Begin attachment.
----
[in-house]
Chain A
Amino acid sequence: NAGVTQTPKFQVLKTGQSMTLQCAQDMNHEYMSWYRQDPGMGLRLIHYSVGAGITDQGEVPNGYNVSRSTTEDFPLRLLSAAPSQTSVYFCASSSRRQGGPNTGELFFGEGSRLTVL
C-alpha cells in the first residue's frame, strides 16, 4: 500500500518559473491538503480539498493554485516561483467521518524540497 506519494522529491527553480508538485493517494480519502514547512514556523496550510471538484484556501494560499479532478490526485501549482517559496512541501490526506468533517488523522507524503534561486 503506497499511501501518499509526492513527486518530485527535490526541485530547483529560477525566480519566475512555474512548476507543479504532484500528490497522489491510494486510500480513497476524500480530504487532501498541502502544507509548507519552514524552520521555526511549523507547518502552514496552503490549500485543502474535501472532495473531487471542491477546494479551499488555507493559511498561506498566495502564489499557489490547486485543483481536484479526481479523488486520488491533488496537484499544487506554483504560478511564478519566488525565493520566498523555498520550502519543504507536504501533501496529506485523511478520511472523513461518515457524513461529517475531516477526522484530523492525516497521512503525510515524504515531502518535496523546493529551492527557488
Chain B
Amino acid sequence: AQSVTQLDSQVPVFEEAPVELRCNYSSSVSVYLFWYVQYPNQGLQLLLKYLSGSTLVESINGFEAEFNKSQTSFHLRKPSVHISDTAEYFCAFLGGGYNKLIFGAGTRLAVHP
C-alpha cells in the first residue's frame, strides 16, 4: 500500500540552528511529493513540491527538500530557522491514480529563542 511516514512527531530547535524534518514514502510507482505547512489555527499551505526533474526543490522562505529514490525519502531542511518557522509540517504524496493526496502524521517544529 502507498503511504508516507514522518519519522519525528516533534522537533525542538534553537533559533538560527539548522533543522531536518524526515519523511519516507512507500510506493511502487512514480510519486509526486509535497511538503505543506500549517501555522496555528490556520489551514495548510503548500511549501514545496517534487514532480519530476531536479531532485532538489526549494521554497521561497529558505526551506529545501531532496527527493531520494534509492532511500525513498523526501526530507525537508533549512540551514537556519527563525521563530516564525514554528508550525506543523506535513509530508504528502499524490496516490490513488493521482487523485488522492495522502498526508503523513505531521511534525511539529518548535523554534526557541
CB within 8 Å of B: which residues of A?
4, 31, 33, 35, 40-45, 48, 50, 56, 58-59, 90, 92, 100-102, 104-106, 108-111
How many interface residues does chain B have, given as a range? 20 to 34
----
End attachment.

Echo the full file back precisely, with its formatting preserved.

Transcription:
[in-house]
Chain A
Amino acid sequence: NAGVTQTPKFQVLKTGQSMTLQCAQDMNHEYMSWYRQDPGMGLRLIHYSVGAGITDQGEVPNGYNVSRSTTEDFPLRLLSAAPSQTSVYFCASSSRRQGGPNTGELFFGEGSRLTVL
C-alpha cells in the first residue's frame, strides 16, 4: 500500500518559473491538503480539498493554485516561483467521518524540497 506519494522529491527553480508538485493517494480519502514547512514556523496550510471538484484556501494560499479532478490526485501549482517559496512541501490526506468533517488523522507524503534561486 503506497499511501501518499509526492513527486518530485527535490526541485530547483529560477525566480519566475512555474512548476507543479504532484500528490497522489491510494486510500480513497476524500480530504487532501498541502502544507509548507519552514524552520521555526511549523507547518502552514496552503490549500485543502474535501472532495473531487471542491477546494479551499488555507493559511498561506498566495502564489499557489490547486485543483481536484479526481479523488486520488491533488496537484499544487506554483504560478511564478519566488525565493520566498523555498520550502519543504507536504501533501496529506485523511478520511472523513461518515457524513461529517475531516477526522484530523492525516497521512503525510515524504515531502518535496523546493529551492527557488
Chain B
Amino acid sequence: AQSVTQLDSQVPVFEEAPVELRCNYSSSVSVYLFWYVQYPNQGLQLLLKYLSGSTLVESINGFEAEFNKSQTSFHLRKPSVHISDTAEYFCAFLGGGYNKLIFGAGTRLAVHP
C-alpha cells in the first residue's frame, strides 16, 4: 500500500540552528511529493513540491527538500530557522491514480529563542 511516514512527531530547535524534518514514502510507482505547512489555527499551505526533474526543490522562505529514490525519502531542511518557522509540517504524496493526496502524521517544529 502507498503511504508516507514522518519519522519525528516533534522537533525542538534553537533559533538560527539548522533543522531536518524526515519523511519516507512507500510506493511502487512514480510519486509526486509535497511538503505543506500549517501555522496555528490556520489551514495548510503548500511549501514545496517534487514532480519530476531536479531532485532538489526549494521554497521561497529558505526551506529545501531532496527527493531520494534509492532511500525513498523526501526530507525537508533549512540551514537556519527563525521563530516564525514554528508550525506543523506535513509530508504528502499524490496516490490513488493521482487523485488522492495522502498526508503523513505531521511534525511539529518548535523554534526557541
CB within 8 Å of B: which residues of A?
4, 31, 33, 35, 40-45, 48, 50, 56, 58-59, 90, 92, 100-102, 104-106, 108-111
How many interface residues does chain B have, given as a range? 20 to 34